BSBC states that the purpose of its submission of the unsolicited literature was to expedite the pre-award responsibility evaluation.

BSBC argues that the literature is generically-written promotional and background information and does not show a clear intent by BSBC to qualify its bid; consequently, the agency should not have considered it in determining the responsiveness of its bid. BSBC also argues that, to the extent the Navy properly considered its unsolicited literature, the Navy's interpretation of that literature as imposing a 4-week phase-in period is unreasonable.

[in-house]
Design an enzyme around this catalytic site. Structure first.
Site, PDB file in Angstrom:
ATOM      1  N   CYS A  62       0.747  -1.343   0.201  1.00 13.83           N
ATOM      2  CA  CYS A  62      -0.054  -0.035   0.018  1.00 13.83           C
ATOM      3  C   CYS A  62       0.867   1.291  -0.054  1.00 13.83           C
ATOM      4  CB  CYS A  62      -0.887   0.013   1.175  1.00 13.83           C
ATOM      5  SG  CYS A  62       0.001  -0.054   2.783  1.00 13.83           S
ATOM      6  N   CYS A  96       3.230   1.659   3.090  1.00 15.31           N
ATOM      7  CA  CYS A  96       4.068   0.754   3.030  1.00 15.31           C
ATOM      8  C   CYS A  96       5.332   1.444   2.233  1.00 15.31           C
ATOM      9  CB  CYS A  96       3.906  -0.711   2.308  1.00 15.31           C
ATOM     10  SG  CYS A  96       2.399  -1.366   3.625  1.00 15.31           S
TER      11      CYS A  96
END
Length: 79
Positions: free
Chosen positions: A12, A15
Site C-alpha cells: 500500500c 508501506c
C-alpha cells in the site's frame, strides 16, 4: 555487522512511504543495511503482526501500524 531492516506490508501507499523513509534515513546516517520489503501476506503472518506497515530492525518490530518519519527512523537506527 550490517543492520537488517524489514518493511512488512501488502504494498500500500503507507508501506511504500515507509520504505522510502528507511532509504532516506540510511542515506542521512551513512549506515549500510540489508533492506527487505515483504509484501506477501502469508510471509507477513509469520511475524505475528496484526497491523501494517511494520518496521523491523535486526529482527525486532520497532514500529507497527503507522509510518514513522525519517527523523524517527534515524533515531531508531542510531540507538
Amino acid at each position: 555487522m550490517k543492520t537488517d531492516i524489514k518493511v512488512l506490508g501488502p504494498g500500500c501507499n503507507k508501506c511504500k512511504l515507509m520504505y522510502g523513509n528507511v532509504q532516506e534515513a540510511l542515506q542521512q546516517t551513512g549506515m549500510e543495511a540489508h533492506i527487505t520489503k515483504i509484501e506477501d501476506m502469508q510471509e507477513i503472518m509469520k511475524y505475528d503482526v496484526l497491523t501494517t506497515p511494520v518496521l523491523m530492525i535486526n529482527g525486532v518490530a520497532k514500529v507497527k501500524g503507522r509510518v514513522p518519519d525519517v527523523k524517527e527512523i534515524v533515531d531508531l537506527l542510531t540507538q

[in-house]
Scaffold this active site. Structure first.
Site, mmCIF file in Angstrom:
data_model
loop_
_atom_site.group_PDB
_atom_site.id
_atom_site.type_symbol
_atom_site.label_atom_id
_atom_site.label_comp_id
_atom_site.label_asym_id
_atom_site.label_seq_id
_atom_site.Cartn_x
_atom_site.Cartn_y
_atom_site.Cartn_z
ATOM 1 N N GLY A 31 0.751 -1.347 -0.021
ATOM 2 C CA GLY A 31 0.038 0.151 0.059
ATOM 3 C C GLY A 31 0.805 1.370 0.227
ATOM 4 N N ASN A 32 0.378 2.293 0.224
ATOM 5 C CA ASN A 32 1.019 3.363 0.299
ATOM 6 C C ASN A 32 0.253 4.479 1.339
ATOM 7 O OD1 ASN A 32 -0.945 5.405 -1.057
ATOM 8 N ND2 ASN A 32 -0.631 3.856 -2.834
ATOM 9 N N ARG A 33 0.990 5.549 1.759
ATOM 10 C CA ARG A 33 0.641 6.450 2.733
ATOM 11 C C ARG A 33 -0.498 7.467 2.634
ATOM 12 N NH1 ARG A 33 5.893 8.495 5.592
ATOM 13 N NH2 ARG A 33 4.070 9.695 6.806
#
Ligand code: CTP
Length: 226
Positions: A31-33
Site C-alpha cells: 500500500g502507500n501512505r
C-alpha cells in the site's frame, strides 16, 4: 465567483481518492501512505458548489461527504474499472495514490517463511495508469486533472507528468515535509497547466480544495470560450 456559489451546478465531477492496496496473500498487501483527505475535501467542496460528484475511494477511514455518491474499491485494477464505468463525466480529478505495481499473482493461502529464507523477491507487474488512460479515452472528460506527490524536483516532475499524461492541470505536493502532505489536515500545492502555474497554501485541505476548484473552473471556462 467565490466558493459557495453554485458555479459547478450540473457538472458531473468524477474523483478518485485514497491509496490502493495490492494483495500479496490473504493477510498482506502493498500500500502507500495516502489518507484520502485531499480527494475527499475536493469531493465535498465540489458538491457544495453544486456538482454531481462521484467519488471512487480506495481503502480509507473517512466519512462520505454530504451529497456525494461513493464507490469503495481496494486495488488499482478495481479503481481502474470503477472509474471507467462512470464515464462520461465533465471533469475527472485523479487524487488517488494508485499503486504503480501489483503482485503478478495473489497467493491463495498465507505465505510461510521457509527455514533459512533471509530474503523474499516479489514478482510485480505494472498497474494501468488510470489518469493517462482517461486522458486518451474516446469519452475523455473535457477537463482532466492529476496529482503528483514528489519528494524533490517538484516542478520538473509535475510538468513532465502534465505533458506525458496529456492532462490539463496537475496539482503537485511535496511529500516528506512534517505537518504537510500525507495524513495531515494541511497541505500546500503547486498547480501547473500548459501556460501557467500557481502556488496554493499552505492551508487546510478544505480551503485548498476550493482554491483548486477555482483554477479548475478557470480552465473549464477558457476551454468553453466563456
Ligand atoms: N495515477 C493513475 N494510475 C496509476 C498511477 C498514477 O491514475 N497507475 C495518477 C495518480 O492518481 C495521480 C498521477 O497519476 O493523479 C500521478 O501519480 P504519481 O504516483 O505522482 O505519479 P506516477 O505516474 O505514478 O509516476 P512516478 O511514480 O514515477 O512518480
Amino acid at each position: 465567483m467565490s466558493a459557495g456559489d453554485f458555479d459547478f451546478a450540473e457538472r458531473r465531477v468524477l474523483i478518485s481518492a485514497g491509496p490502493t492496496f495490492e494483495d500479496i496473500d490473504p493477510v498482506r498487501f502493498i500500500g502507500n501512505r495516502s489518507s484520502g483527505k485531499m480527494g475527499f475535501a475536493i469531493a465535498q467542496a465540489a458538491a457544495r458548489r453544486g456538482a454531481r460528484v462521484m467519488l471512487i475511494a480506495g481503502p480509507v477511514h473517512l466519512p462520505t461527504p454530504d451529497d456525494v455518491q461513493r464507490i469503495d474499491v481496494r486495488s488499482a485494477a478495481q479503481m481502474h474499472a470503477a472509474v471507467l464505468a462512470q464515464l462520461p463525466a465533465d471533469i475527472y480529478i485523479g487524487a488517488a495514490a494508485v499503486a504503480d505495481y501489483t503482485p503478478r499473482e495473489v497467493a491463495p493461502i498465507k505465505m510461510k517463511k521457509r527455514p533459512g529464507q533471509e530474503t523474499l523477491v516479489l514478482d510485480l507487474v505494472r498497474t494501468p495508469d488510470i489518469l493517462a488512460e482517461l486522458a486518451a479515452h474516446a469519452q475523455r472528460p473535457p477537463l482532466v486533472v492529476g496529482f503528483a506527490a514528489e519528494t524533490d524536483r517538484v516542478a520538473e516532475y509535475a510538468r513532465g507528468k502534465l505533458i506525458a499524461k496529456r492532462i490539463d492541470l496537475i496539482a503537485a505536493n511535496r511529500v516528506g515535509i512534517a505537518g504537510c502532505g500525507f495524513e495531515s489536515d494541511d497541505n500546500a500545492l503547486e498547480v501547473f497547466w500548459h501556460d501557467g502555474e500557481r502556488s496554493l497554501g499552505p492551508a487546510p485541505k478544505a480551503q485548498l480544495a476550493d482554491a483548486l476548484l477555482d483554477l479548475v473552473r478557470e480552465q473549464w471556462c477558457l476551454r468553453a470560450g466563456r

Consideration of unsolicited literature in a bid is governed by Federal Acquisition Regulation (FAR) Secs. 14.202-5(f) and 14.202-4(g), which provide that unsolicited descriptive literature generally should not be considered as qualifying a bid and should be disregarded. However, the FAR also provides that where it is clear from the bid or accompanying papers that the bidder's intention was to qualify the bid, the literature may not be disregarded. Id.; Benthos, Inc.; Cygnus Eng'g, B-237454; B-237454.2, Feb. 20, 1990, 90-1 CPD Para. 295. Where the bid expressly incorporates the unsolicited descriptive literature, there is a sufficient relationship between the bid and the literature to require that the literature be considered in determining whether the bid is responsive. See Marco Equip., Inc.; Scientific Supply Co., 70 Comp.Gen. 219 (1991), 91-1 CPD Para. 107, aff'd, Midwest Ophthalmic Instruments, Inc.--Recon., B-241329.3, May 21, 1991, 91-1 CPD Para. 490.